This post has been republished via RSS; it originally appeared at: Azure Database Support Blog articles.
First of all, in both platforms, PaaS (Azure Database MySQL, Azure SQL Database, Azure Database for PostgreSQL, Azure Database for MariaDB, etc..) and IaaS (Virtual Machine, for example), these services are using an Azure Storage account.
All storage accounts are encrypted using Storage Service Encryption (SEE) for data at rest, as you could see in this URL.
Additional, you could use Disk Encryption for your Virtual Machine on top of Storage Encryption as we have explained in these two URLs and Azure SQL Database and Azure SQL Managed Instance are using TDE too.
When you deleted a storage account there is not possible to restore/recover it that we have explained on these following URLs:
Besides that the storage account is encrypted, please, review this URL that contains the answer of the about how the data is deleted:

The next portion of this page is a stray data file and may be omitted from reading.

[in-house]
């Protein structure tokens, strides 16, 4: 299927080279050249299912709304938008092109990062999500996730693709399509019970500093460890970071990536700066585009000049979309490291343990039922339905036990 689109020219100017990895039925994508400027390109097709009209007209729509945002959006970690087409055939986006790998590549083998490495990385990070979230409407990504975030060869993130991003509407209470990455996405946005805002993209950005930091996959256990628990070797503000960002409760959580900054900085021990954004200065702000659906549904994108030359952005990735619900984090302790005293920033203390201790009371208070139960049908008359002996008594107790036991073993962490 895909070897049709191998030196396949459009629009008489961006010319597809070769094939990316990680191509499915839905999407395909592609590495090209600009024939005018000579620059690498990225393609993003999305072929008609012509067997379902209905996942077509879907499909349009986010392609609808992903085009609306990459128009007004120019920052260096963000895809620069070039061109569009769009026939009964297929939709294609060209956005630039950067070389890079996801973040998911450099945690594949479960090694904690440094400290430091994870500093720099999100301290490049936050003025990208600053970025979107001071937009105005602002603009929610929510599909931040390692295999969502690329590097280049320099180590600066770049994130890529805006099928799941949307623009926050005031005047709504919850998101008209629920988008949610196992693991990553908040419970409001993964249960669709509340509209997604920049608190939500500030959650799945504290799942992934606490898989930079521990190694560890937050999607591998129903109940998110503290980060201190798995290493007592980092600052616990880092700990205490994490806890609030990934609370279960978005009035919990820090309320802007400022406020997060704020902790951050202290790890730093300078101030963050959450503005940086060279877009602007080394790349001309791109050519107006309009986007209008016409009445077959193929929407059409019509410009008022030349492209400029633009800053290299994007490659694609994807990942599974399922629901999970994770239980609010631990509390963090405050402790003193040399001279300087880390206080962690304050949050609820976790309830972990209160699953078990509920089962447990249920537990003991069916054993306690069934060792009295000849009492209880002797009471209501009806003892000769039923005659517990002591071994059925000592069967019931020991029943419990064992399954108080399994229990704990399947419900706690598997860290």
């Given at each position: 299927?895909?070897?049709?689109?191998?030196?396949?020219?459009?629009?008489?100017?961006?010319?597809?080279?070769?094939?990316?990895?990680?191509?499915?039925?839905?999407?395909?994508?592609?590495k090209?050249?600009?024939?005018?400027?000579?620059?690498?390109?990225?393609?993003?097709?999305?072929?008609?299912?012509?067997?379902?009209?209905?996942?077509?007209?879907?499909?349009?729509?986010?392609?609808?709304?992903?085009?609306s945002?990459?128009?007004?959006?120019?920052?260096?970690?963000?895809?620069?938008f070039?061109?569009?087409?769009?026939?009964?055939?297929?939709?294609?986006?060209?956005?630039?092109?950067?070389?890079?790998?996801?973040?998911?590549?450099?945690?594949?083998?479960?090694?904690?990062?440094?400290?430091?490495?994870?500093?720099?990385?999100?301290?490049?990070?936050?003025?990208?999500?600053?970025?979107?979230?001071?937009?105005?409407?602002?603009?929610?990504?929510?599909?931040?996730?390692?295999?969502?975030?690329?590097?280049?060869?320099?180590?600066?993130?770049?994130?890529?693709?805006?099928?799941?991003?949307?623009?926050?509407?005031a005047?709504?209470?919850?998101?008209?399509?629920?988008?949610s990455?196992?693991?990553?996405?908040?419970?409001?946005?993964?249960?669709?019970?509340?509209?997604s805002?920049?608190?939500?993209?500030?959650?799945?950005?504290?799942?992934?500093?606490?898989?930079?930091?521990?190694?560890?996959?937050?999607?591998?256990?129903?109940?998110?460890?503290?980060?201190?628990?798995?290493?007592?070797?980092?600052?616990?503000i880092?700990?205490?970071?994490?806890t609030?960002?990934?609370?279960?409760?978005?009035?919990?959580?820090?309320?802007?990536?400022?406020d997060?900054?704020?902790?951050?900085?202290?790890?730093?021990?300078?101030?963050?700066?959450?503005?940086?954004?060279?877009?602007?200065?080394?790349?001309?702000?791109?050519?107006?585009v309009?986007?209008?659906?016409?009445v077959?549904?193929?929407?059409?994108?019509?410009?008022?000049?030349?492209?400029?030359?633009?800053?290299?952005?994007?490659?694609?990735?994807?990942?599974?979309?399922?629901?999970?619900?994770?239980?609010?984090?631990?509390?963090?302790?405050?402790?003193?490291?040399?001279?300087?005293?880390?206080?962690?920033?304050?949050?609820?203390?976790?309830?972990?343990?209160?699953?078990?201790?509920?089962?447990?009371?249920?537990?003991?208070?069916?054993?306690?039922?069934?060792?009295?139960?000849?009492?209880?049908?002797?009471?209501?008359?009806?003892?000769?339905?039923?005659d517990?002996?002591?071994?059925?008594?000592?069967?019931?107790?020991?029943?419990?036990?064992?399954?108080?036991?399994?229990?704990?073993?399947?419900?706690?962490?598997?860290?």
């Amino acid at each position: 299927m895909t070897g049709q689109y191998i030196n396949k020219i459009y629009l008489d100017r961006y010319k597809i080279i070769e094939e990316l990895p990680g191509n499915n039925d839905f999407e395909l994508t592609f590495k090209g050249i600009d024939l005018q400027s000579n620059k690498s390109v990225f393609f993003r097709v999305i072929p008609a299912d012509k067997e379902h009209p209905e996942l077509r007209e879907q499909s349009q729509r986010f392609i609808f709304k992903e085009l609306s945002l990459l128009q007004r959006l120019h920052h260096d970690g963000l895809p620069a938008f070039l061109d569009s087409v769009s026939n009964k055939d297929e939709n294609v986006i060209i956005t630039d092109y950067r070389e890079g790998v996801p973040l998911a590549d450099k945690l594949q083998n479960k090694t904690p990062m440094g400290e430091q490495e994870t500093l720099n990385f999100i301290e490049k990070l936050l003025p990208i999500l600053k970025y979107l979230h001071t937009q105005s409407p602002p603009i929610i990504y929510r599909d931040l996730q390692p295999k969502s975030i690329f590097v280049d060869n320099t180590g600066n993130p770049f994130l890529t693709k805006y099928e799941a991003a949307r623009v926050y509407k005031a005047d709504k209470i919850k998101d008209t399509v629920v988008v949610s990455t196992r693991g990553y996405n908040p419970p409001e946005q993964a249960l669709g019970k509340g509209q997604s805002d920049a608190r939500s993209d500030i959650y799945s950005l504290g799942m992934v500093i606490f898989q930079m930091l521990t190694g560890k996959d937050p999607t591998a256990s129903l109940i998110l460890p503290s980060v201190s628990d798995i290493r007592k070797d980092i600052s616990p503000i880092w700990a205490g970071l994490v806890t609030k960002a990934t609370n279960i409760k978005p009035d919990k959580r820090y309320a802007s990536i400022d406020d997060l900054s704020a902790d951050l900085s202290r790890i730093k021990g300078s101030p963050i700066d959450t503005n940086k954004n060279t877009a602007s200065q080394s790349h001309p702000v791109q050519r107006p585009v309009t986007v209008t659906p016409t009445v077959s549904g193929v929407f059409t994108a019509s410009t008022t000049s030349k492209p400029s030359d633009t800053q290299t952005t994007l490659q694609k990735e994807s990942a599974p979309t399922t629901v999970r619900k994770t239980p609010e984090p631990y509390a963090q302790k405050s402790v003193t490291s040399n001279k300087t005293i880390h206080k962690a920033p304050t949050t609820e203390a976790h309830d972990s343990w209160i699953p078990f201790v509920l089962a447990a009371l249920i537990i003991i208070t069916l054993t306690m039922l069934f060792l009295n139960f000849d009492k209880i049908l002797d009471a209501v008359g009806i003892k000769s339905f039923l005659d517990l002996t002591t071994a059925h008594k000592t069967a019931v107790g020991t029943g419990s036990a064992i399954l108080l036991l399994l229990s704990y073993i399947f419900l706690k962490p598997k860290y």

"To understand how Azure handles data when it is deleted, let’s first review how data is stored within Azure. For durability and high availability, data within Azure Storage accounts is replicated. Locally redundant storage (LRS) replicates data three times within a single facility within a single region for durability; geo-redundant storage (GRS) is replicated an additional three times in a secondary region. In Azure Storage, all disk writes are sequential. This minimizes the number of disk “seeks,” but requires updating the pointers to data objects every time they are written. A side effect of this design is that data cannot be deleted by overwriting with other data. The original data will remain on the disk, and the new data will be written sequentially. When a customer deletes a storage object (e.g., blob, file, queue, table), the pointer to this object is immediately deleted from the storage index used to locate and access the data. This operation is replicated asynchronously for GRS. With the storage index updated, the data is immediately unavailable. The sectors on the disk associated with the deleted data become immediately available for reuse and are overwritten when the associated storage block is reused for storing other data. The time to overwrite varies depending on disk utilization and activity, but is rarely more than two days. This is consistent with the operation of a log-structured file system. Azure Storage interfaces do not permit direct disk reads, mitigating the risk of another customer (or even the same customer) from accessing the deleted data before it is overwritten."